May Day: An Extensive History of Change | Exhibit Tech Explained
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May Day: An Extensive History of Change

May Day

May Day is celebrated on 1st May every year. Dating back more than a millennium ago, the tradition has a huge history behind it and neither for the same reason observed today. Now it carries the sentiments of the labour movement for workers’ rights in the 19th century with International Workers’ Day. However, when it was first established, it was to welcome the new season and signifies change. 

Celtic Britons, or the Celts of Britain, hold May 1st to be the most important day of the year for them. May 1st was when the festival of Beltane was celebrated, a Gaelic holiday that marks the beginning of summertime. The festival was meant to divide the year between light and dark. The tradition of bonfires also symbolised fertility and the return to life worldwide. However, when the Romans took over Britain, the event was extended from April 20th to May 2nd after combining with the festival of Floralia, after the goddess Flora. 

The festival of Beltane

Nowadays, on the other hand, May Day has taken on a completely different meaning. International Workers’ Day is a widely celebrated, worldwide event. Labour rights were imperative to recognise, especially during the peak of the Industrial Revolution, and a cause worth fighting for. To this day, labour rights are still evolving and are a continuous struggle where work conditions are completely abysmal. 

 

So how do the original May Day and International Workers’ Day relate to each other? 

Honestly, they don’t. It just happens that International Workers’ Day took over and gained more importance. Considering the majority of Europe is the minority in celebrating events like Beltane or Maifeiertag in Germany, Workers’ Day is the more conventional event observed worldwide. Some countries, of course, do not observe this holiday, for example, the United Arab Emirates provides no holiday and Canada instead celebrates it on the first Monday of September. The labour movement grew at the height of the Industrial Revolution, specifically the Second Industrial Revolution in 1870. 

What is the Labour Movement? 

At the tail end of the Second Industrial Revolution, the Federation of Organized Trades and Labor Unions made it a policy to only keep 8-hour workdays from 1st May 1886 onwards. The hazardous work conditions, leading to the deaths of men, women, and even children, made this reevaluation necessary. An American labour organisation, Knights of Labor, encouraged workers to strike and demonstrate while supporting the new policy. On 1st May 1886, more than 400,000 workers across America went on strike in peaceful protest.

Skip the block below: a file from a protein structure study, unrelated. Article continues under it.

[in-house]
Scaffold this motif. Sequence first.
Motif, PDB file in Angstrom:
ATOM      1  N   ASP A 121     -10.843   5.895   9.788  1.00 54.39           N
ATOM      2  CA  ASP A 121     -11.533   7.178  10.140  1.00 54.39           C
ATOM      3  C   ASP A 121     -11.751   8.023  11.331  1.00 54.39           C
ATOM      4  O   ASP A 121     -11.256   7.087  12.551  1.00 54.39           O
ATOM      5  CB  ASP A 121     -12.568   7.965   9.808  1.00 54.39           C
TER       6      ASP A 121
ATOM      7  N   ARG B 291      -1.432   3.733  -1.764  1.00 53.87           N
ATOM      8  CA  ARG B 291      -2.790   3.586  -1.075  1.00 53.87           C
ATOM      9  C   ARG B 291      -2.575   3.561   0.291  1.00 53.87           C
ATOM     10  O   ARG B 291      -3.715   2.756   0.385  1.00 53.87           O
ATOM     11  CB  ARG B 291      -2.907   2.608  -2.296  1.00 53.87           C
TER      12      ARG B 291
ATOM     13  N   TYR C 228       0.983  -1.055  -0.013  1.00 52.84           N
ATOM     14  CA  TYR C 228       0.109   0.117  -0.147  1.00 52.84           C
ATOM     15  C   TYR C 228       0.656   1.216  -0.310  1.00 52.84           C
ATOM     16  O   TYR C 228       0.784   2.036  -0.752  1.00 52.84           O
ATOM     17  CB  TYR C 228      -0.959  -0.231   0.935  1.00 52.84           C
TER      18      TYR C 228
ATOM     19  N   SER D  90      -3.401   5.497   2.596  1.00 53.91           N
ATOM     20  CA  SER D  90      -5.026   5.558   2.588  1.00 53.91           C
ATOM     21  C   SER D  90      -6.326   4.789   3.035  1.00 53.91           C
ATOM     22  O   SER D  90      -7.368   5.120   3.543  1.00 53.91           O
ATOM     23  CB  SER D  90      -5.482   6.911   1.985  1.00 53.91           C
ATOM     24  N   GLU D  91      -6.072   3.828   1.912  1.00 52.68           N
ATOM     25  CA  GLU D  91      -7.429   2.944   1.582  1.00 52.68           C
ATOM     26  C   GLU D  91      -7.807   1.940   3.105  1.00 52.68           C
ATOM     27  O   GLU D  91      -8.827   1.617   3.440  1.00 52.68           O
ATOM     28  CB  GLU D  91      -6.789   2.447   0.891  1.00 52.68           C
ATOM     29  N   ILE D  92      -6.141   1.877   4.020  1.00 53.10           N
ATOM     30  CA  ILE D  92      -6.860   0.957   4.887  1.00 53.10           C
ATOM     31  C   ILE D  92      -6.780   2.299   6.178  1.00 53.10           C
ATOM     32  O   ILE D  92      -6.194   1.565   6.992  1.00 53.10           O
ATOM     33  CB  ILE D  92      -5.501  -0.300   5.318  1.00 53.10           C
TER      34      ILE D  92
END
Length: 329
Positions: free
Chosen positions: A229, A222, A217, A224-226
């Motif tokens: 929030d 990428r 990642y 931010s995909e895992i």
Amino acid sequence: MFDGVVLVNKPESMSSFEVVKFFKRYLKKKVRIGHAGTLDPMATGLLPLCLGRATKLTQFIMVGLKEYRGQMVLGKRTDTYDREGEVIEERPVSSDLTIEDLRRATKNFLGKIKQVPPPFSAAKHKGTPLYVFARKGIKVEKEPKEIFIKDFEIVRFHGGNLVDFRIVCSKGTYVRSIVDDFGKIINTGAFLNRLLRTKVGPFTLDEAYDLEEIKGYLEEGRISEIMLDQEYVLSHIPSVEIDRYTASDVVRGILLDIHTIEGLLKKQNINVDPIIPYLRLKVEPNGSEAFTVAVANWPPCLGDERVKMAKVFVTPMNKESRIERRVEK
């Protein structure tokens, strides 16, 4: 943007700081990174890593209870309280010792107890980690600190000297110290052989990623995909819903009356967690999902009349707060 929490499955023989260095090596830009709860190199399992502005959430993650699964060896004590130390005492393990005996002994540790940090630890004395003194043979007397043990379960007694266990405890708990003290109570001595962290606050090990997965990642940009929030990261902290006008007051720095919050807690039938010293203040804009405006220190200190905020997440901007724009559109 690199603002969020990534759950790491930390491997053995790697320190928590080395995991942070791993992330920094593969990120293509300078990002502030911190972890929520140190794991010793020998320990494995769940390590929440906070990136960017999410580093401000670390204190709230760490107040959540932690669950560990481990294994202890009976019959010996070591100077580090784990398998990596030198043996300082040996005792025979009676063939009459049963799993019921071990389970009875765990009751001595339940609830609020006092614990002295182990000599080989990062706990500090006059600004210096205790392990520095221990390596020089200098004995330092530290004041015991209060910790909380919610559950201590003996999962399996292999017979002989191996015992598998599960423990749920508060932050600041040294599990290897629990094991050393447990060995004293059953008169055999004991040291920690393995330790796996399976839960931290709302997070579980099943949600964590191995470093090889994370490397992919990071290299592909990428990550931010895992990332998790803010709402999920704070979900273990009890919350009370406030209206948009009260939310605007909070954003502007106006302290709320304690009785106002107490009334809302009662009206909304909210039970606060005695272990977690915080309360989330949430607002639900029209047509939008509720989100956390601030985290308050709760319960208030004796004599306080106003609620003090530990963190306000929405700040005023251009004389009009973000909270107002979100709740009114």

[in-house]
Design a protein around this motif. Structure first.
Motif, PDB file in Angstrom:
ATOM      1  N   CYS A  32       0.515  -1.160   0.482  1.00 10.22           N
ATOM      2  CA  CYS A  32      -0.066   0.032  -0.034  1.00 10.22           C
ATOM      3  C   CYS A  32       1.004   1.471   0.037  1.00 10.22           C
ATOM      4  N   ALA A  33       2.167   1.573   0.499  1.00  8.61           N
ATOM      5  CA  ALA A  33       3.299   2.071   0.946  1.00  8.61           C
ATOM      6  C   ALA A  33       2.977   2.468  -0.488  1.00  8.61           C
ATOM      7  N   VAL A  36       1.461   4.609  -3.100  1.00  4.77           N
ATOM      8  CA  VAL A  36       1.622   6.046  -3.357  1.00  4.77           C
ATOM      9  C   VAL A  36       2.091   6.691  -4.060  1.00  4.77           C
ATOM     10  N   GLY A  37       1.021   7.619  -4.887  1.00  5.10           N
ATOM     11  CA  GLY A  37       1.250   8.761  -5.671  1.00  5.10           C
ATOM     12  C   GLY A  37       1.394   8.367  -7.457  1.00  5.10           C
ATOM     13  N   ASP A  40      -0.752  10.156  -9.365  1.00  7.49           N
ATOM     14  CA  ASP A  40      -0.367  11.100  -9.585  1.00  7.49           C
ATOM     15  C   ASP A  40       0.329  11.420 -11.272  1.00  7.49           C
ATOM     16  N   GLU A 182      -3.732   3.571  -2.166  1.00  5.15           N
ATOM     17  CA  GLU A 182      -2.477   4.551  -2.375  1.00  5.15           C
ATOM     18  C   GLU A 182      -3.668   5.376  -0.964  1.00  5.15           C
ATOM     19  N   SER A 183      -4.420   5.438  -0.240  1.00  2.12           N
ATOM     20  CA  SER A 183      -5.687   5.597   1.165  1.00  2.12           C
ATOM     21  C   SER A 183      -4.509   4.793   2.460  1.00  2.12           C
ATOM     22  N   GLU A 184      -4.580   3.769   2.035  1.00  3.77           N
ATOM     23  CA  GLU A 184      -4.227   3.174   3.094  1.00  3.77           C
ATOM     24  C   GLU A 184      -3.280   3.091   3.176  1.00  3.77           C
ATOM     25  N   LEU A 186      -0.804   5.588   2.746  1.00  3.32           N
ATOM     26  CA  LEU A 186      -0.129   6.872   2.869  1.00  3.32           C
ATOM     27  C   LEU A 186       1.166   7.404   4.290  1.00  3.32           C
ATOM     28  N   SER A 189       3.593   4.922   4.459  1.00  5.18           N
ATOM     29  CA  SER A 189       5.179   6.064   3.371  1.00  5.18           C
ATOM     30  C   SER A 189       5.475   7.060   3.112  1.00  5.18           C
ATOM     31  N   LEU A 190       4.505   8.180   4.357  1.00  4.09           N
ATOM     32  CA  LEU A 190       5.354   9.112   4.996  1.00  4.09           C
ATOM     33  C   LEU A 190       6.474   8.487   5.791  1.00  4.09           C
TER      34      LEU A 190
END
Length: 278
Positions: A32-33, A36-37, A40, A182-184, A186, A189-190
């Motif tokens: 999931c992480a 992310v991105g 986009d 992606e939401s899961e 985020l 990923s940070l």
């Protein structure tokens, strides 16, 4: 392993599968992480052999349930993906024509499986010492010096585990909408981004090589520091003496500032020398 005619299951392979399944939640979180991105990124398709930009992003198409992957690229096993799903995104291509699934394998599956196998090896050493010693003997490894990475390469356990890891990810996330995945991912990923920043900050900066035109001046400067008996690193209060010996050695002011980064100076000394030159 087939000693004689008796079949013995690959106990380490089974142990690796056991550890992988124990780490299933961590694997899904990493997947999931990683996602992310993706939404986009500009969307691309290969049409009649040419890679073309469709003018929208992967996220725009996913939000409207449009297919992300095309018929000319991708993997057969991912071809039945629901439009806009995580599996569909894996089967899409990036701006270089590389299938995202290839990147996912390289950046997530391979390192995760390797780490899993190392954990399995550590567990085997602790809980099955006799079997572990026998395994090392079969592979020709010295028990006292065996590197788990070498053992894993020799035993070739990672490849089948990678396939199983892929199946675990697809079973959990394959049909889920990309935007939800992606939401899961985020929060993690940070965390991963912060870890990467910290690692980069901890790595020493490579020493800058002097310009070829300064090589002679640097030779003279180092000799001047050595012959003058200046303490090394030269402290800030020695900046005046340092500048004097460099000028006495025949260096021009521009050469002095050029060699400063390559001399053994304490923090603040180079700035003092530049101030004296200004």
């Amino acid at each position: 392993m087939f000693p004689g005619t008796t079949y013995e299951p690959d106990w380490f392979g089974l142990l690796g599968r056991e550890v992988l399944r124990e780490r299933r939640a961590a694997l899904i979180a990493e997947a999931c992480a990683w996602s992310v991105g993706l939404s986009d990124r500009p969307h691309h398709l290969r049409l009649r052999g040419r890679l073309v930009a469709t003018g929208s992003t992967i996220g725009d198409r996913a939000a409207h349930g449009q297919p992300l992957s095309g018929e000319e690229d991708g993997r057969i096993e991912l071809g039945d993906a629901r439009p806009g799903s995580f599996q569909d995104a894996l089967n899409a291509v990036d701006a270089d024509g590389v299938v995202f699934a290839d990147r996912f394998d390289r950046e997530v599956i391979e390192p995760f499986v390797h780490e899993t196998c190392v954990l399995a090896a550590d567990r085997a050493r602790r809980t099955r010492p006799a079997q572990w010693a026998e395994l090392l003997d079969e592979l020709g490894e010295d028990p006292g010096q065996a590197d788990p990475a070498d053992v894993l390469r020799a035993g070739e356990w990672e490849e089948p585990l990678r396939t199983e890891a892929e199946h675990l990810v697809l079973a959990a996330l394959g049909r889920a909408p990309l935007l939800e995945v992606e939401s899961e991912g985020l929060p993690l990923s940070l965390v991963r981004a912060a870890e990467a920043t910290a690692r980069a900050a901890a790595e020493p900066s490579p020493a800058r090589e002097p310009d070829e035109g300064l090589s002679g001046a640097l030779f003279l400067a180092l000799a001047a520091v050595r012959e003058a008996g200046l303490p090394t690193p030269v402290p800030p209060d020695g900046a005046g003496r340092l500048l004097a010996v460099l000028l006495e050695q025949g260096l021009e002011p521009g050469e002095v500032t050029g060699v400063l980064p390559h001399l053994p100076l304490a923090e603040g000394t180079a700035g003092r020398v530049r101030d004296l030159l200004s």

Haymarket Riot (colourised)

This changed on May 3rd when the protests went from peaceful to violent. Chicago police clashed with workers which led to several deaths and thus, a rally was organised the next day in protest against the police. Both sides lost a lot of people in the coming months. This led to the Haymarket Riot (or the Haymarket Affair or Massacre) in August 1886 where 8 men were convicted and put on trial without evidence for anarchy. However, it’s alleged that the swayed jury were all part of big businesses. 4 of the men were hanged, 1 had committed suicide and the rest 3 were pardoned after 6 years during their 15-year sentence. The group became martyrs, known as the Haymarket Martyrs, and had a rally of over 300,000 people in London in 1890 on May Day. 

Status of May Day Today 

The importance of May 1st to workers was inevitably accepted by governments. Now, May Day is recognised as International Workers’ Day across 66 countries. In a twist of irony, it is not recognised on 1st May in America where it became largely advocated for. In India, the day is also called “Maharashtra Day” or “Gujarat Day.” 

Mark your calendars for this May Day on 1st May 2024!


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